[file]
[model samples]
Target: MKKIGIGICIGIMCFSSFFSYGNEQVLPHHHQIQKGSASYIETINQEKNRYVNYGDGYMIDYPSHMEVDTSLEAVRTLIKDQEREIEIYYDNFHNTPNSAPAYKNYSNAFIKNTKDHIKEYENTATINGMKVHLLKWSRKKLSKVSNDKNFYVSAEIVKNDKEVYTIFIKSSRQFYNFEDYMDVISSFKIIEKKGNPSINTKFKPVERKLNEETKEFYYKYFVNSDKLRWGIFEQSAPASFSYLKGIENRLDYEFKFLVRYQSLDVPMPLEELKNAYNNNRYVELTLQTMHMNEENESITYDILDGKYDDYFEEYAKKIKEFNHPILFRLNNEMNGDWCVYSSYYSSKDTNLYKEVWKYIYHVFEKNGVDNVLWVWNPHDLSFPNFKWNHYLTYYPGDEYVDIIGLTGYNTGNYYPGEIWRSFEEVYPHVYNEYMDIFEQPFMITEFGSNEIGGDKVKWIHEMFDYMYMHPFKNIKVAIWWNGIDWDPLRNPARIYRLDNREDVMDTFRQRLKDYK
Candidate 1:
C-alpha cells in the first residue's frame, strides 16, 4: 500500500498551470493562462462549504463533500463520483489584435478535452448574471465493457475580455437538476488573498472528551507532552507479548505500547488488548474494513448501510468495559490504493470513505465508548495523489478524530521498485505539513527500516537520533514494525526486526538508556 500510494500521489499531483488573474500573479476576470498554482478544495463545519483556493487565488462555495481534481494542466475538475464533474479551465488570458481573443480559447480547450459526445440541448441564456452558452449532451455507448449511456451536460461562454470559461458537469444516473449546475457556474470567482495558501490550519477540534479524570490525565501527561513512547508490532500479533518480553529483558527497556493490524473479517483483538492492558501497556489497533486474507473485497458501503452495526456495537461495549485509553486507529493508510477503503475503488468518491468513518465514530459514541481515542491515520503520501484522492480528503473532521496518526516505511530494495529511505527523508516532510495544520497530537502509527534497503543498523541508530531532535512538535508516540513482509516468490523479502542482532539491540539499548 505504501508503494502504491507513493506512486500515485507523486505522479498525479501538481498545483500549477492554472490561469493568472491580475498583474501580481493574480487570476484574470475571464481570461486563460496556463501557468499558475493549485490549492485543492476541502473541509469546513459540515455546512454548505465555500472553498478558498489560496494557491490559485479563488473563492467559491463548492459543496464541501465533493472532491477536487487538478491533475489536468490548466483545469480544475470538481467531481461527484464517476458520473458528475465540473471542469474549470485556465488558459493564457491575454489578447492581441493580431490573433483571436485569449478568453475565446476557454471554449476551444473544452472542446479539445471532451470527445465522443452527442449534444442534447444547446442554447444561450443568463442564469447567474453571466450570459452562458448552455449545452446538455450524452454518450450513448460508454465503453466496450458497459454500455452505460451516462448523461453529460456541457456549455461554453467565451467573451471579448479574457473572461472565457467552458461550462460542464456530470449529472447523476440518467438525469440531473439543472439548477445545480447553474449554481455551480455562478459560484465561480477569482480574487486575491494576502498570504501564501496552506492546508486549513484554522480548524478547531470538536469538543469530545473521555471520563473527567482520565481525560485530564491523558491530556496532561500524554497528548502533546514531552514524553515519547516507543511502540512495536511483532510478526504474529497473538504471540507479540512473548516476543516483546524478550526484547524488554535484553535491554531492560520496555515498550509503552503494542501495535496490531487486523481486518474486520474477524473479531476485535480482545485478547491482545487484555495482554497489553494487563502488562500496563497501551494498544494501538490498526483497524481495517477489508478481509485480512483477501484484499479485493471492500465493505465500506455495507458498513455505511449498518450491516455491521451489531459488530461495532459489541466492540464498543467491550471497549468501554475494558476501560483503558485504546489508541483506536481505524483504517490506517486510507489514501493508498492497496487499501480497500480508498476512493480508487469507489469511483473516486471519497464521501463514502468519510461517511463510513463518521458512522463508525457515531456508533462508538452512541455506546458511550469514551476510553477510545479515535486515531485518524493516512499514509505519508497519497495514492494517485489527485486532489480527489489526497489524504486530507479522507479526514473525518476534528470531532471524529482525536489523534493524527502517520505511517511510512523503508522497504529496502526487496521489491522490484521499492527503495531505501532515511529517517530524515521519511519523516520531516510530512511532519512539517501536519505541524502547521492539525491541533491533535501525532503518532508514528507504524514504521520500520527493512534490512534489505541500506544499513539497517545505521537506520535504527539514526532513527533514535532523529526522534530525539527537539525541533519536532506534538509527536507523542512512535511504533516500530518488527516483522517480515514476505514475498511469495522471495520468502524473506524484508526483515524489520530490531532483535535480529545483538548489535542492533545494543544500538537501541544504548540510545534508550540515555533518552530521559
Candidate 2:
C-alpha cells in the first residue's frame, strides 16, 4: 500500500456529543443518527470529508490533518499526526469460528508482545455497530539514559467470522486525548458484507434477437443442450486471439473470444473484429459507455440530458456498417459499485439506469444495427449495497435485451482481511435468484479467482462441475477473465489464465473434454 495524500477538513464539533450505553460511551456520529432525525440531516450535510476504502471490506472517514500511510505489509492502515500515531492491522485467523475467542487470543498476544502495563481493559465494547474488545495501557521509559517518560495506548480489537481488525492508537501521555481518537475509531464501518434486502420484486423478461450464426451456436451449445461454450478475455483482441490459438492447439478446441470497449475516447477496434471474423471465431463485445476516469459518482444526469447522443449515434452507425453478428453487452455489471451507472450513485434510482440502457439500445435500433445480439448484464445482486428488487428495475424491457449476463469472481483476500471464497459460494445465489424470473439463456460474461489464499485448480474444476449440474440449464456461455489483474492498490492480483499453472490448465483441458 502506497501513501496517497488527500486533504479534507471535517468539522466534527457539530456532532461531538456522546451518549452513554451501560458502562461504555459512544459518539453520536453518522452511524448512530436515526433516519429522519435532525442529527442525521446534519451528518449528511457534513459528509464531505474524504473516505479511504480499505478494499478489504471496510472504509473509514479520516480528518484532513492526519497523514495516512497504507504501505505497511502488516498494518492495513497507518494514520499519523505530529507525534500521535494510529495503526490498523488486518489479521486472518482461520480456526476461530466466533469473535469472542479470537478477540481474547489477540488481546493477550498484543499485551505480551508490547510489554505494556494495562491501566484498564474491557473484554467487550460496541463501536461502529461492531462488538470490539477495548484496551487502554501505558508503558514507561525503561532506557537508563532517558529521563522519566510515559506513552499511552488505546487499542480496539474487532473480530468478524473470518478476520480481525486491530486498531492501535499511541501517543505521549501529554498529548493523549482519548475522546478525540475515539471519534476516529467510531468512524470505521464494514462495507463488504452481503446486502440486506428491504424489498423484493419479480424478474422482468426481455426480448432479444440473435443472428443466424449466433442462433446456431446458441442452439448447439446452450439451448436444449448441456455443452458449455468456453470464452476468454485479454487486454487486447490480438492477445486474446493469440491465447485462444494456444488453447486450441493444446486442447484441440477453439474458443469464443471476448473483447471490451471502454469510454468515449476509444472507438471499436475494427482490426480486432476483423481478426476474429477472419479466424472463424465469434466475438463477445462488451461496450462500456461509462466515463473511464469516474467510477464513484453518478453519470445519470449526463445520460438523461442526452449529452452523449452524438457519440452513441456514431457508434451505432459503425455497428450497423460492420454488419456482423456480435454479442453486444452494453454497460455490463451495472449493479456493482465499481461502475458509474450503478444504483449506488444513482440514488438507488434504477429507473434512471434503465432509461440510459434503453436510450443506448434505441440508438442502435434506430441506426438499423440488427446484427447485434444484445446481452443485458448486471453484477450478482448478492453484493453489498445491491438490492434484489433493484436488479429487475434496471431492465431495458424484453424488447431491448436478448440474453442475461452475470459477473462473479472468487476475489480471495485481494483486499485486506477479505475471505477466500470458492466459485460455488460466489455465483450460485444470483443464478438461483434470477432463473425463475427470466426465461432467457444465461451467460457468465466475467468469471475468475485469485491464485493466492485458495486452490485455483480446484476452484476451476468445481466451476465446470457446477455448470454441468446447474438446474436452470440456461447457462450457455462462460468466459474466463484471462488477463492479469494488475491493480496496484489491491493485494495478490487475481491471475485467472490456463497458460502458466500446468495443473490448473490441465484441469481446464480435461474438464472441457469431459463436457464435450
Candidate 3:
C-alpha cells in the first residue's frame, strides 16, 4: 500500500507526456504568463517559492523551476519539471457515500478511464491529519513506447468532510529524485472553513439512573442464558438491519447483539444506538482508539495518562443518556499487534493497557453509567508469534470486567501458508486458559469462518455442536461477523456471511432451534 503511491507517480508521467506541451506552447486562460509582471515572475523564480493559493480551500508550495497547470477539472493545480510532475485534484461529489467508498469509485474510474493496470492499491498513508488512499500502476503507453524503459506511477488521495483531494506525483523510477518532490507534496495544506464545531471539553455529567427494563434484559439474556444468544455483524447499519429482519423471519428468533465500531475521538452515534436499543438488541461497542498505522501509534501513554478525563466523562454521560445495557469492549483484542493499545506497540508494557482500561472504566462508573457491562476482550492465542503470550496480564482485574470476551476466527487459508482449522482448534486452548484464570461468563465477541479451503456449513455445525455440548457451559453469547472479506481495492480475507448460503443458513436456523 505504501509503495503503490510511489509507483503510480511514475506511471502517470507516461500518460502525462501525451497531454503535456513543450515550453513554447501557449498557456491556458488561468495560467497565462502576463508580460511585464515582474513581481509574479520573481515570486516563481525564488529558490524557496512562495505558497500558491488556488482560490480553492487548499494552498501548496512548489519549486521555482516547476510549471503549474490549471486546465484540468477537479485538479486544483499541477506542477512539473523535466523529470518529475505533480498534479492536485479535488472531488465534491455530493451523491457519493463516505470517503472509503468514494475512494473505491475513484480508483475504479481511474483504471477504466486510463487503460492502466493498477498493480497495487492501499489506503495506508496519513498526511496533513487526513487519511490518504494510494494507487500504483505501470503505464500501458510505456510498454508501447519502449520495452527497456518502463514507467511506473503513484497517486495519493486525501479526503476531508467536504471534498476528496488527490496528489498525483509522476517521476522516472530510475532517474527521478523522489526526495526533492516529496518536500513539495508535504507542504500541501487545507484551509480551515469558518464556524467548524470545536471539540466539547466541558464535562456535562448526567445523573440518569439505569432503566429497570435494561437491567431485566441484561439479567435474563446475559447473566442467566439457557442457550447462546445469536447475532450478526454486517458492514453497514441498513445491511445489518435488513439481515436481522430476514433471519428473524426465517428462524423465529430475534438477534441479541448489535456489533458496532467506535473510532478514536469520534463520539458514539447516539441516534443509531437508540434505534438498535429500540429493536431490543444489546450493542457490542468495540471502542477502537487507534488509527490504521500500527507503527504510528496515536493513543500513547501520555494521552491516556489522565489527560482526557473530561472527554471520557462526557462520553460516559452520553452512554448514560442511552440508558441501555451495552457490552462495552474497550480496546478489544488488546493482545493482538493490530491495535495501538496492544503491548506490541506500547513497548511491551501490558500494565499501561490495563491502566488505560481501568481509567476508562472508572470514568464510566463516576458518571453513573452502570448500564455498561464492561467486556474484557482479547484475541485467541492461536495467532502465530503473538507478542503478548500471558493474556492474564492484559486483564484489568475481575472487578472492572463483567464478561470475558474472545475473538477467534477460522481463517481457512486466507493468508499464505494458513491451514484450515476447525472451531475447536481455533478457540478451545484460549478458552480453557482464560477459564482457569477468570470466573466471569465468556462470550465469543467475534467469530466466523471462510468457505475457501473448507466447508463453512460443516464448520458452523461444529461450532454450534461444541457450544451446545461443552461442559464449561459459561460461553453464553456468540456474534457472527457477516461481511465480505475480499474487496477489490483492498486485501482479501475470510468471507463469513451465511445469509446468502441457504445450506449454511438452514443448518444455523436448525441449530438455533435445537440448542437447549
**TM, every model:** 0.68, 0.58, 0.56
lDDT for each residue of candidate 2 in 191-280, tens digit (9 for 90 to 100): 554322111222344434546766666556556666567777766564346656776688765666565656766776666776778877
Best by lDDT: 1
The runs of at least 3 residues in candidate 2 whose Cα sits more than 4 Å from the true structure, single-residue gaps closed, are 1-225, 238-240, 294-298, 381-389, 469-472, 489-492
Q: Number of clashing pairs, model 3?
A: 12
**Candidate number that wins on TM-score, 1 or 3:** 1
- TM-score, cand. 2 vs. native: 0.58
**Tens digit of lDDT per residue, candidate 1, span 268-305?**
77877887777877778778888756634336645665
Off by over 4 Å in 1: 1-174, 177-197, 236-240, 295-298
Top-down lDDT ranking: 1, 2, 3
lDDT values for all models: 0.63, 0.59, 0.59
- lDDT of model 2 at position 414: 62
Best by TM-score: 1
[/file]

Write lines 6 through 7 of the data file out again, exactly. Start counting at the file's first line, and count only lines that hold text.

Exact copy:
C-alpha cells in the first residue's frame, strides 16, 4: 500500500456529543443518527470529508490533518499526526469460528508482545455497530539514559467470522486525548458484507434477437443442450486471439473470444473484429459507455440530458456498417459499485439506469444495427449495497435485451482481511435468484479467482462441475477473465489464465473434454 495524500477538513464539533450505553460511551456520529432525525440531516450535510476504502471490506472517514500511510505489509492502515500515531492491522485467523475467542487470543498476544502495563481493559465494547474488545495501557521509559517518560495506548480489537481488525492508537501521555481518537475509531464501518434486502420484486423478461450464426451456436451449445461454450478475455483482441490459438492447439478446441470497449475516447477496434471474423471465431463485445476516469459518482444526469447522443449515434452507425453478428453487452455489471451507472450513485434510482440502457439500445435500433445480439448484464445482486428488487428495475424491457449476463469472481483476500471464497459460494445465489424470473439463456460474461489464499485448480474444476449440474440449464456461455489483474492498490492480483499453472490448465483441458 502506497501513501496517497488527500486533504479534507471535517468539522466534527457539530456532532461531538456522546451518549452513554451501560458502562461504555459512544459518539453520536453518522452511524448512530436515526433516519429522519435532525442529527442525521446534519451528518449528511457534513459528509464531505474524504473516505479511504480499505478494499478489504471496510472504509473509514479520516480528518484532513492526519497523514495516512497504507504501505505497511502488516498494518492495513497507518494514520499519523505530529507525534500521535494510529495503526490498523488486518489479521486472518482461520480456526476461530466466533469473535469472542479470537478477540481474547489477540488481546493477550498484543499485551505480551508490547510489554505494556494495562491501566484498564474491557473484554467487550460496541463501536461502529461492531462488538470490539477495548484496551487502554501505558508503558514507561525503561532506557537508563532517558529521563522519566510515559506513552499511552488505546487499542480496539474487532473480530468478524473470518478476520480481525486491530486498531492501535499511541501517543505521549501529554498529548493523549482519548475522546478525540475515539471519534476516529467510531468512524470505521464494514462495507463488504452481503446486502440486506428491504424489498423484493419479480424478474422482468426481455426480448432479444440473435443472428443466424449466433442462433446456431446458441442452439448447439446452450439451448436444449448441456455443452458449455468456453470464452476468454485479454487486454487486447490480438492477445486474446493469440491465447485462444494456444488453447486450441493444446486442447484441440477453439474458443469464443471476448473483447471490451471502454469510454468515449476509444472507438471499436475494427482490426480486432476483423481478426476474429477472419479466424472463424465469434466475438463477445462488451461496450462500456461509462466515463473511464469516474467510477464513484453518478453519470445519470449526463445520460438523461442526452449529452452523449452524438457519440452513441456514431457508434451505432459503425455497428450497423460492420454488419456482423456480435454479442453486444452494453454497460455490463451495472449493479456493482465499481461502475458509474450503478444504483449506488444513482440514488438507488434504477429507473434512471434503465432509461440510459434503453436510450443506448434505441440508438442502435434506430441506426438499423440488427446484427447485434444484445446481452443485458448486471453484477450478482448478492453484493453489498445491491438490492434484489433493484436488479429487475434496471431492465431495458424484453424488447431491448436478448440474453442475461452475470459477473462473479472468487476475489480471495485481494483486499485486506477479505475471505477466500470458492466459485460455488460466489455465483450460485444470483443464478438461483434470477432463473425463475427470466426465461432467457444465461451467460457468465466475467468469471475468475485469485491464485493466492485458495486452490485455483480446484476452484476451476468445481466451476465446470457446477455448470454441468446447474438446474436452470440456461447457462450457455462462460468466459474466463484471462488477463492479469494488475491493480496496484489491491493485494495478490487475481491471475485467472490456463497458460502458466500446468495443473490448473490441465484441469481446464480435461474438464472441457469431459463436457464435450
Candidate 3: